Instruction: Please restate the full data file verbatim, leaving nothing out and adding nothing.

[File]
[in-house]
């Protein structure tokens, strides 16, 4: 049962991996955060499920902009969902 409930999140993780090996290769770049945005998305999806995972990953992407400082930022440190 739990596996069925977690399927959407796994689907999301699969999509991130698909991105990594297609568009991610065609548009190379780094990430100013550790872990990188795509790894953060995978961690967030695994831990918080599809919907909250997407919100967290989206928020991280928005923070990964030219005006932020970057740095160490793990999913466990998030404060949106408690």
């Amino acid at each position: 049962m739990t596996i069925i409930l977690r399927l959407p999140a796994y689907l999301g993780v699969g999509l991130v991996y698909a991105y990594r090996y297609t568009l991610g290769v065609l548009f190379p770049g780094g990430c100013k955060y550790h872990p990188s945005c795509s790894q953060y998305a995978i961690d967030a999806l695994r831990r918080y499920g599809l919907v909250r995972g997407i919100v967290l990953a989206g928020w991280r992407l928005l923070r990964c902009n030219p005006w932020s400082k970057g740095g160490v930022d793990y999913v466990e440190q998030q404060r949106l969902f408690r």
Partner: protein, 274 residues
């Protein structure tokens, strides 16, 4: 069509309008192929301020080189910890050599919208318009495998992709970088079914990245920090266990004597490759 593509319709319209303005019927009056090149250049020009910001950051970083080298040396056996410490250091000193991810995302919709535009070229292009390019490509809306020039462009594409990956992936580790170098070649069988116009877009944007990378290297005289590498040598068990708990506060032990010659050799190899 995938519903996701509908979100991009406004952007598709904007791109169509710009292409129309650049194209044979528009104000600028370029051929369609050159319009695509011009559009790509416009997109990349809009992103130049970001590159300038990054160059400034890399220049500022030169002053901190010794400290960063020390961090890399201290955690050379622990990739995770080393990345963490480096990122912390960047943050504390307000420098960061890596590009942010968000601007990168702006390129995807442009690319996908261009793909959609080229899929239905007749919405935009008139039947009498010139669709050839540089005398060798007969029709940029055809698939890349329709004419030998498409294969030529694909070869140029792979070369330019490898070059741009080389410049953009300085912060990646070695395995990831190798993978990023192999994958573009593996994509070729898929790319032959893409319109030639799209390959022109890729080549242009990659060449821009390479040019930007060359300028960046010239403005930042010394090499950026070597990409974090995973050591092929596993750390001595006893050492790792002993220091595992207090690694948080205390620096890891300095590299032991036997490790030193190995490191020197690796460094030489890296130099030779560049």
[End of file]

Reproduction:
[in-house]
């Protein structure tokens, strides 16, 4: 049962991996955060499920902009969902 409930999140993780090996290769770049945005998305999806995972990953992407400082930022440190 739990596996069925977690399927959407796994689907999301699969999509991130698909991105990594297609568009991610065609548009190379780094990430100013550790872990990188795509790894953060995978961690967030695994831990918080599809919907909250997407919100967290989206928020991280928005923070990964030219005006932020970057740095160490793990999913466990998030404060949106408690």
């Amino acid at each position: 049962m739990t596996i069925i409930l977690r399927l959407p999140a796994y689907l999301g993780v699969g999509l991130v991996y698909a991105y990594r090996y297609t568009l991610g290769v065609l548009f190379p770049g780094g990430c100013k955060y550790h872990p990188s945005c795509s790894q953060y998305a995978i961690d967030a999806l695994r831990r918080y499920g599809l919907v909250r995972g997407i919100v967290l990953a989206g928020w991280r992407l928005l923070r990964c902009n030219p005006w932020s400082k970057g740095g160490v930022d793990y999913v466990e440190q998030q404060r949106l969902f408690r």
Partner: protein, 274 residues
């Protein structure tokens, strides 16, 4: 069509309008192929301020080189910890050599919208318009495998992709970088079914990245920090266990004597490759 593509319709319209303005019927009056090149250049020009910001950051970083080298040396056996410490250091000193991810995302919709535009070229292009390019490509809306020039462009594409990956992936580790170098070649069988116009877009944007990378290297005289590498040598068990708990506060032990010659050799190899 995938519903996701509908979100991009406004952007598709904007791109169509710009292409129309650049194209044979528009104000600028370029051929369609050159319009695509011009559009790509416009997109990349809009992103130049970001590159300038990054160059400034890399220049500022030169002053901190010794400290960063020390961090890399201290955690050379622990990739995770080393990345963490480096990122912390960047943050504390307000420098960061890596590009942010968000601007990168702006390129995807442009690319996908261009793909959609080229899929239905007749919405935009008139039947009498010139669709050839540089005398060798007969029709940029055809698939890349329709004419030998498409294969030529694909070869140029792979070369330019490898070059741009080389410049953009300085912060990646070695395995990831190798993978990023192999994958573009593996994509070729898929790319032959893409319109030639799209390959022109890729080549242009990659060449821009390479040019930007060359300028960046010239403005930042010394090499950026070597990409974090995973050591092929596993750390001595006893050492790792002993220091595992207090690694948080205390620096890891300095590299032991036997490790030193190995490191020197690796460094030489890296130099030779560049």